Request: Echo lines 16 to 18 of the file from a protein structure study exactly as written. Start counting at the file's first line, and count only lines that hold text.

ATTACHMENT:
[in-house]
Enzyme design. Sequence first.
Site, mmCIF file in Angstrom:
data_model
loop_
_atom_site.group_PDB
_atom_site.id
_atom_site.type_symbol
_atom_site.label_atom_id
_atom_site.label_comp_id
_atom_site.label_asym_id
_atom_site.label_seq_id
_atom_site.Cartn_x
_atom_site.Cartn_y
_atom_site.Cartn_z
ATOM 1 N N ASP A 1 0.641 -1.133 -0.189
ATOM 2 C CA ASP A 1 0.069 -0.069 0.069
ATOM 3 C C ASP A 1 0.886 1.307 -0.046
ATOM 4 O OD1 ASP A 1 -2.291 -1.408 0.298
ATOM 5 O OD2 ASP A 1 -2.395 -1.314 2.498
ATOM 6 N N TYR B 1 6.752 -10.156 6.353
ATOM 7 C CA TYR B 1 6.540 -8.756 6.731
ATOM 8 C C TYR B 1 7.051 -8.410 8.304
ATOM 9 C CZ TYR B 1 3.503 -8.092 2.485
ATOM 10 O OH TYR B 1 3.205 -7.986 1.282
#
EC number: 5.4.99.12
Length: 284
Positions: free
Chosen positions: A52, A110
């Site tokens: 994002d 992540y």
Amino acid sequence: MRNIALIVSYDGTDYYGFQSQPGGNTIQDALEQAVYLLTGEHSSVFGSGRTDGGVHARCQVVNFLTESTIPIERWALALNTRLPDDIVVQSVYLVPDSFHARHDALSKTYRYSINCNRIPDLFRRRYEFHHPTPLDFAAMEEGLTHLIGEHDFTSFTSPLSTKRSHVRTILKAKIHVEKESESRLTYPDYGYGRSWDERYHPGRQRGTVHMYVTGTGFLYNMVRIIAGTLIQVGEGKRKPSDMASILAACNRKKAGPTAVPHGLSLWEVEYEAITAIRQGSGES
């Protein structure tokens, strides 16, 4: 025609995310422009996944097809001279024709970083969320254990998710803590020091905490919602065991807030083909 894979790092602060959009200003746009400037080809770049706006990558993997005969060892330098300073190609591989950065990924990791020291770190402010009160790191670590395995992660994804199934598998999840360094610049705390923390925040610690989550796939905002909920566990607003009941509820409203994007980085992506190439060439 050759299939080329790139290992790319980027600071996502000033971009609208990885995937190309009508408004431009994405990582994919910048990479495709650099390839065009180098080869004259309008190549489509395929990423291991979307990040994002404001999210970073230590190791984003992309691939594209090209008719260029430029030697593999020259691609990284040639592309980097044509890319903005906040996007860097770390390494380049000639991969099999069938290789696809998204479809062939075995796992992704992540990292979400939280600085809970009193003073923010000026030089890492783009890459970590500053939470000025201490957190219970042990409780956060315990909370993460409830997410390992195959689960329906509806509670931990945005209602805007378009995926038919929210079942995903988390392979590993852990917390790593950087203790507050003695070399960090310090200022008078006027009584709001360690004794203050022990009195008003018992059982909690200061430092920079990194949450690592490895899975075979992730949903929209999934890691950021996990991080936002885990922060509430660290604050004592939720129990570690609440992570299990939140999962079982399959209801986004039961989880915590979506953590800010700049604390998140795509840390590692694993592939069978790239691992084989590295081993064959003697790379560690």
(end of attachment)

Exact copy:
ATOM 1 N N ASP A 1 0.641 -1.133 -0.189
ATOM 2 C CA ASP A 1 0.069 -0.069 0.069
ATOM 3 C C ASP A 1 0.886 1.307 -0.046